Lost in the meandering September malaise that surrounds seemingly every Royals season since the Clinton presidency is perhaps the best stretch of baseball they have played all year. "But even this, in itself, is nothing new" you might say, while twirling a clutch of brandy and hoisting a fine cigar to your face. After all, they did go 15-13 in September in 2009 (and 0-3 in October, for a "last month" record of 15-16). And the year before that, they went 18-8 in September (after going 7-20 in August). And you may be right, Baron of the September Swoon. But, consider the following:
- The Royals are 15-8 this September. If they win the last two games, it will be the first time they have won twice as many games in a month since that 18-8 September three years ago. The last time before that? 2003, when they went 16-7 in April.
- The Royals run differential is astounding. In September 2008, they were +37 through 26 games. This season, they are +33 in only 23 games(with two games left).
- In 2008, the Royals scored 7 runs or more seven times in the last month of the season. This year: ten times, including five times of ten or more.
If you are wondering by now why I keep comparing this year's final month to the halcyon days of 2008, there are three main reasons:
1) It was the last time the Royals were productive and winning. Between the end of September '08 and through the end of August 2011, the Royals are 188-273.
2) 2008 is kind of the year that spawned the whole "Royals are good in September" mindset. Going 18-8 in a month will do that. It was also the first time since 2000 when the Royals were playing well at the end of the season (in '00, they went 15-14 in August, 14-14 in September, and 1-0 in October). The argument doesn't hold much water, though. They were 15-16 in their last 31 games in '09 and 11-19 in 2010. So, this will be their second successful last month to a season in the last decade. Progress.
3) Last but definitely not the lesser, nor even the least, is who the Royals have been getting their production from.
This didn't really dawn on me until I woke up and looked at the box score this morning. The difference between the "talent" on the 2008 roster and the talent that exists on this year's roster is staggering. Quick question: Without looking, how many homegrown players appeared in the Royals game last night? To give you some time, take a look at the lineup that was trotted out three years ago, on September 27th, 2008 to face the wily Minnesota Senators:
(Of the 14 players who appeared for the Royals in 2008, only 4 were homegrown (Butler, Gordon, MITCH, and Aviles)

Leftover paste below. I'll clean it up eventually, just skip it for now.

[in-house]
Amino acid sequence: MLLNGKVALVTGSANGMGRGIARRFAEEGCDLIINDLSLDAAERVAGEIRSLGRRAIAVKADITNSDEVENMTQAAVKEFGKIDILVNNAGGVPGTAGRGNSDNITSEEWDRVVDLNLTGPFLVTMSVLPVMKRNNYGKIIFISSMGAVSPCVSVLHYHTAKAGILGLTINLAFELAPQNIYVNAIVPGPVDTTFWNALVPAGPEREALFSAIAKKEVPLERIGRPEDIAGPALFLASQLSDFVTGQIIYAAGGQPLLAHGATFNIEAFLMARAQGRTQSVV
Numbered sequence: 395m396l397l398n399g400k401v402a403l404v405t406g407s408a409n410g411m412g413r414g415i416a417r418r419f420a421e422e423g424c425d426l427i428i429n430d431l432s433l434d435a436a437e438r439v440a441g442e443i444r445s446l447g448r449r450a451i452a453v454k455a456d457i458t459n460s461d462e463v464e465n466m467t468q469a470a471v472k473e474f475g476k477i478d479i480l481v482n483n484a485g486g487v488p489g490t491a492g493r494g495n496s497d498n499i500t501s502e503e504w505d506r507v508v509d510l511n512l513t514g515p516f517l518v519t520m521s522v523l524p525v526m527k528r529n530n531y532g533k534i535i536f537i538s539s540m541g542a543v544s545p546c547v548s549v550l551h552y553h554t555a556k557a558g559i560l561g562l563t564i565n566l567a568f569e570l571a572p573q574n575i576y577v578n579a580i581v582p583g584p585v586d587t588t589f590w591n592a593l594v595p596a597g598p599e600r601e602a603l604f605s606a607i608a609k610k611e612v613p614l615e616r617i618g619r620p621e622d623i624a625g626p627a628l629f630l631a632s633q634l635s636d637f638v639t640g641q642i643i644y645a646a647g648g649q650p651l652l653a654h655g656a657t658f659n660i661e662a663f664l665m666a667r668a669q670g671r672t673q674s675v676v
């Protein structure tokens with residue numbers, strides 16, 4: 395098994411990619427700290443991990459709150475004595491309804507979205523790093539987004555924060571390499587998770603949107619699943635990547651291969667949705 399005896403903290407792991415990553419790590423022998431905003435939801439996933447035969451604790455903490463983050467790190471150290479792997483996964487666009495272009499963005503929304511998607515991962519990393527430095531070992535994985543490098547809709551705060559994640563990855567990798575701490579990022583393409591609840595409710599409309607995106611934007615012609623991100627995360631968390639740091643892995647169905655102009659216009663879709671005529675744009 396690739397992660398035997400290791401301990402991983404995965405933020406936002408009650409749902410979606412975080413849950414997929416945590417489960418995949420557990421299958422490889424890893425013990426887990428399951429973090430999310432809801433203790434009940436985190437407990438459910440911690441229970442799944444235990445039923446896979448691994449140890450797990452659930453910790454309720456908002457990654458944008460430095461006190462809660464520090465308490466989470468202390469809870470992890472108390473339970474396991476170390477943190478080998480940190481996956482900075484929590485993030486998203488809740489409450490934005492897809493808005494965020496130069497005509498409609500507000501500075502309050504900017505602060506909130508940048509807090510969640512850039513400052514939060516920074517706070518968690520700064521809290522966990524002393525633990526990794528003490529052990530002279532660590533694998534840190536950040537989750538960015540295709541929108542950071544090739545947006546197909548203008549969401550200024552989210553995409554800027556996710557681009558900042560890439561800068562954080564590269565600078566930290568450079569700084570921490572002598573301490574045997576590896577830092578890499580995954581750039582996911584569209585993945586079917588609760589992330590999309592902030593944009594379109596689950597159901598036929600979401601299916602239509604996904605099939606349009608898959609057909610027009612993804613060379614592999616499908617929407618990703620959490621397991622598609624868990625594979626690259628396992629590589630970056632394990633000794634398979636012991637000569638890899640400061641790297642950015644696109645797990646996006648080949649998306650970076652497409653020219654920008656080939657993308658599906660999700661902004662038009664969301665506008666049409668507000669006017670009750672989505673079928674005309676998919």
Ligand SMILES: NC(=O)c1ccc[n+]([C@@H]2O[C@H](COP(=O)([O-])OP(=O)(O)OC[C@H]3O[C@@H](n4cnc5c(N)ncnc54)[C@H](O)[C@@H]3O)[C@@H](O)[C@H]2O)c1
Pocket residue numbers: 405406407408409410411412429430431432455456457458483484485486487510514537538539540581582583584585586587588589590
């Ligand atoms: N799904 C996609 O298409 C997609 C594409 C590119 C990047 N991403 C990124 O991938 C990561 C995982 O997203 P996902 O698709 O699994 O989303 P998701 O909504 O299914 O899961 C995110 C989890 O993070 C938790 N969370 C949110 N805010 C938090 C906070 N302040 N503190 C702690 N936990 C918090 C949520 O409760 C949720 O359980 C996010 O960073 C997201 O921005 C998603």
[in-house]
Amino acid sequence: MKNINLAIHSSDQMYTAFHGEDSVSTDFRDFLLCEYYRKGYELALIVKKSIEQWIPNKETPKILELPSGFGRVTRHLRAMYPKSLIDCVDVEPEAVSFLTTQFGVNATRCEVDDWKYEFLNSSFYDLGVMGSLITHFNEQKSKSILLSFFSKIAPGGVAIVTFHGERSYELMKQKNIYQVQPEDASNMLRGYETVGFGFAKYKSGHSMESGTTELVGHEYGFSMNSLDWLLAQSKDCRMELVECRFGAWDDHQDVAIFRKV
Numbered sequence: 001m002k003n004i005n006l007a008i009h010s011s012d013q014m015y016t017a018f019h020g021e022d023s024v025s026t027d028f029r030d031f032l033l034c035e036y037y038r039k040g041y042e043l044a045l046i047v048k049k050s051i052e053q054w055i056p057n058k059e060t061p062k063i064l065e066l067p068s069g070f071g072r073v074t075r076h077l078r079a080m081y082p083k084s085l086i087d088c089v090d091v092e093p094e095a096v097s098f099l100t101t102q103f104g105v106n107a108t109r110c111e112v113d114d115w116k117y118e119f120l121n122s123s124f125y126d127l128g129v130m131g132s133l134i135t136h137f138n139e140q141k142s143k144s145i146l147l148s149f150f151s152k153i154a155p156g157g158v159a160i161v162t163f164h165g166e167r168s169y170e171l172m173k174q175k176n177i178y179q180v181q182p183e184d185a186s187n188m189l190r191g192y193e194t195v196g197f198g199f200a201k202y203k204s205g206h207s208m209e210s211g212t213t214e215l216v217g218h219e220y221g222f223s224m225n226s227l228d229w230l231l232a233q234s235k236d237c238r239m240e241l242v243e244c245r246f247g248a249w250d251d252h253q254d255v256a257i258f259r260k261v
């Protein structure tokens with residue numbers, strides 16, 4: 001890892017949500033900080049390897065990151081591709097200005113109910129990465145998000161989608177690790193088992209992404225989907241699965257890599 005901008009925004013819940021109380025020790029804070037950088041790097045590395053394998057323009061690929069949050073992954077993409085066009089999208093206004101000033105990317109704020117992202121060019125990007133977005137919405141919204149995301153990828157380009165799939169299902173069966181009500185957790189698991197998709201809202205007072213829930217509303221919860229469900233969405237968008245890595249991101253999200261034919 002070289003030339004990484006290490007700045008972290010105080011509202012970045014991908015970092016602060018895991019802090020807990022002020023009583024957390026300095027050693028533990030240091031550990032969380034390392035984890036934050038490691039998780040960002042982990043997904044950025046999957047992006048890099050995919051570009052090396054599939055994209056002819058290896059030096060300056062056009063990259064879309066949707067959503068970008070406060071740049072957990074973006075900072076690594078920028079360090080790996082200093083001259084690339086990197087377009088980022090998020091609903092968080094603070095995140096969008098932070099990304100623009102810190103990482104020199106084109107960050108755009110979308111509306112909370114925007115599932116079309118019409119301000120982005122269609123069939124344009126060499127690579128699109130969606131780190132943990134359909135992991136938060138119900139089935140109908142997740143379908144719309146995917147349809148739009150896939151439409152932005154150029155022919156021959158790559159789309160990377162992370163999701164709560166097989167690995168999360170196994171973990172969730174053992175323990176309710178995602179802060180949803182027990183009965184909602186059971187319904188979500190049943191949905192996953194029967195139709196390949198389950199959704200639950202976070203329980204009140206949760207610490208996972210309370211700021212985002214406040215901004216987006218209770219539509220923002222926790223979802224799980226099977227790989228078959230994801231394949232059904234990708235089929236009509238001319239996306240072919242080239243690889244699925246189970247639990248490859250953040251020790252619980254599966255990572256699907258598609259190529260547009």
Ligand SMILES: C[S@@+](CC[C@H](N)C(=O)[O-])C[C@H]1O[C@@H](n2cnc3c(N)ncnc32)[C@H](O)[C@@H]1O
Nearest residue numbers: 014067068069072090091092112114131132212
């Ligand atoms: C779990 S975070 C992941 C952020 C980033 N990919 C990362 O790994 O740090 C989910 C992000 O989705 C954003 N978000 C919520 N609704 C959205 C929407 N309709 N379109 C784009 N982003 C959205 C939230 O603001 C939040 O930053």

The answer to today's trivia question is: 9. Of the 14 players who appeared in last night's game, 9 of them have been in the Royals system for their entire professional career. Only Paulino, Cabrera, Escobar, Cain, and Collins were not drafted or signed by the Royals and only Paulino, Cabrera, Cain and Escobar have appeared in a game for a team other than the Royals. Missing from the list above is Alex Gordon, who has been a revelation this season, and is another homegrown player.
All this to say that, as much as we moan and groan about "The Process", or Dayton Moore's wherewithal to competently perform the duties of a general manager, the Royals organization as a whole have been moving and building towards something, and the early indicators are that it will be something very special. I don't mean to sound as some sort of GMDM apologist, but a lot of what you are seeing on the field in the last month is a result of what he has put together in the last five years. He has made mistakes. There have been bad trades, poor evaluations, and player signings that confound all five senses. But, he has also put together a roster brimming with organizational talent. The starting pitching remains as an endless array of question marks for next year, but the everyday lineup has come together quite well. Something that you haven't been able to say in over a decade is that for the better part of the last month the Royals have fielded an everyday lineup consisting of good, quality, homegrown players. A lot of conversation is given to the Dye-Beltran-Damon-Sweeney era, but there may be a time ten or twelve years down the road when we reflect on the Gordon-Hosmer-Moustakas-Butler era as perhaps the greatest lineup the Royals have fielded in the last thirty-five years.